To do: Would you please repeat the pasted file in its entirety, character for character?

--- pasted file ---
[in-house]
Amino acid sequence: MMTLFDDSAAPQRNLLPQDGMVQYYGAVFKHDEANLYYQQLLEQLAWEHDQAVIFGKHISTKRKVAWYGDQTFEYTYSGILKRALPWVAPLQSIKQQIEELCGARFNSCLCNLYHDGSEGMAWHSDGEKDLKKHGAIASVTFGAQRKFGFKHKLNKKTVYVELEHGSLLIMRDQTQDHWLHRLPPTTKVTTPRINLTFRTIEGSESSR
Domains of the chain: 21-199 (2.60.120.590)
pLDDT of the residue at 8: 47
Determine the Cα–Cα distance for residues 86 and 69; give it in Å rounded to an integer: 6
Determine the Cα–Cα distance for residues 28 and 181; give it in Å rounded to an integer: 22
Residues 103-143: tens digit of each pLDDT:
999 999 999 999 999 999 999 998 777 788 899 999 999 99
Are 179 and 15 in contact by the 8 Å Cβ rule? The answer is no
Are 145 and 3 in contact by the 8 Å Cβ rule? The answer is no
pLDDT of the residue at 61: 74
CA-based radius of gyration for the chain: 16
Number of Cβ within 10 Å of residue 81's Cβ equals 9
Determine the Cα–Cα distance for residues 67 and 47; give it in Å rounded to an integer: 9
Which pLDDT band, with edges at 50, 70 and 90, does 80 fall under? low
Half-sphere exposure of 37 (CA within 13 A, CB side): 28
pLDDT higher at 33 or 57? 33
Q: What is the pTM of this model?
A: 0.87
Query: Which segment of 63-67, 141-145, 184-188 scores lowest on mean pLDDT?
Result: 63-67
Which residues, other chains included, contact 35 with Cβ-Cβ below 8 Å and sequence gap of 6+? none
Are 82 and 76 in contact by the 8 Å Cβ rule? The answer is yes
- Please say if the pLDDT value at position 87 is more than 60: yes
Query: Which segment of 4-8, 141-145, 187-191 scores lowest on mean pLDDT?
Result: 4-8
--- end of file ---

[in-house]
Amino acid sequence: MMTLFDDSAAPQRNLLPQDGMVQYYGAVFKHDEANLYYQQLLEQLAWEHDQAVIFGKHISTKRKVAWYGDQTFEYTYSGILKRALPWVAPLQSIKQQIEELCGARFNSCLCNLYHDGSEGMAWHSDGEKDLKKHGAIASVTFGAQRKFGFKHKLNKKTVYVELEHGSLLIMRDQTQDHWLHRLPPTTKVTTPRINLTFRTIEGSESSR
Domains of the chain: 21-199 (2.60.120.590)
pLDDT of the residue at 8: 47
Determine the Cα–Cα distance for residues 86 and 69; give it in Å rounded to an integer: 6
Determine the Cα–Cα distance for residues 28 and 181; give it in Å rounded to an integer: 22
Residues 103-143: tens digit of each pLDDT:
999 999 999 999 999 999 999 998 777 788 899 999 999 99
Are 179 and 15 in contact by the 8 Å Cβ rule? The answer is no
Are 145 and 3 in contact by the 8 Å Cβ rule? The answer is no
pLDDT of the residue at 61: 74
CA-based radius of gyration for the chain: 16
Number of Cβ within 10 Å of residue 81's Cβ equals 9
Determine the Cα–Cα distance for residues 67 and 47; give it in Å rounded to an integer: 9
Which pLDDT band, with edges at 50, 70 and 90, does 80 fall under? low
Half-sphere exposure of 37 (CA within 13 A, CB side): 28
pLDDT higher at 33 or 57? 33
Q: What is the pTM of this model?
A: 0.87
Query: Which segment of 63-67, 141-145, 184-188 scores lowest on mean pLDDT?
Result: 63-67
Which residues, other chains included, contact 35 with Cβ-Cβ below 8 Å and sequence gap of 6+? none
Are 82 and 76 in contact by the 8 Å Cβ rule? The answer is yes
- Please say if the pLDDT value at position 87 is more than 60: yes
Query: Which segment of 4-8, 141-145, 187-191 scores lowest on mean pLDDT?
Result: 4-8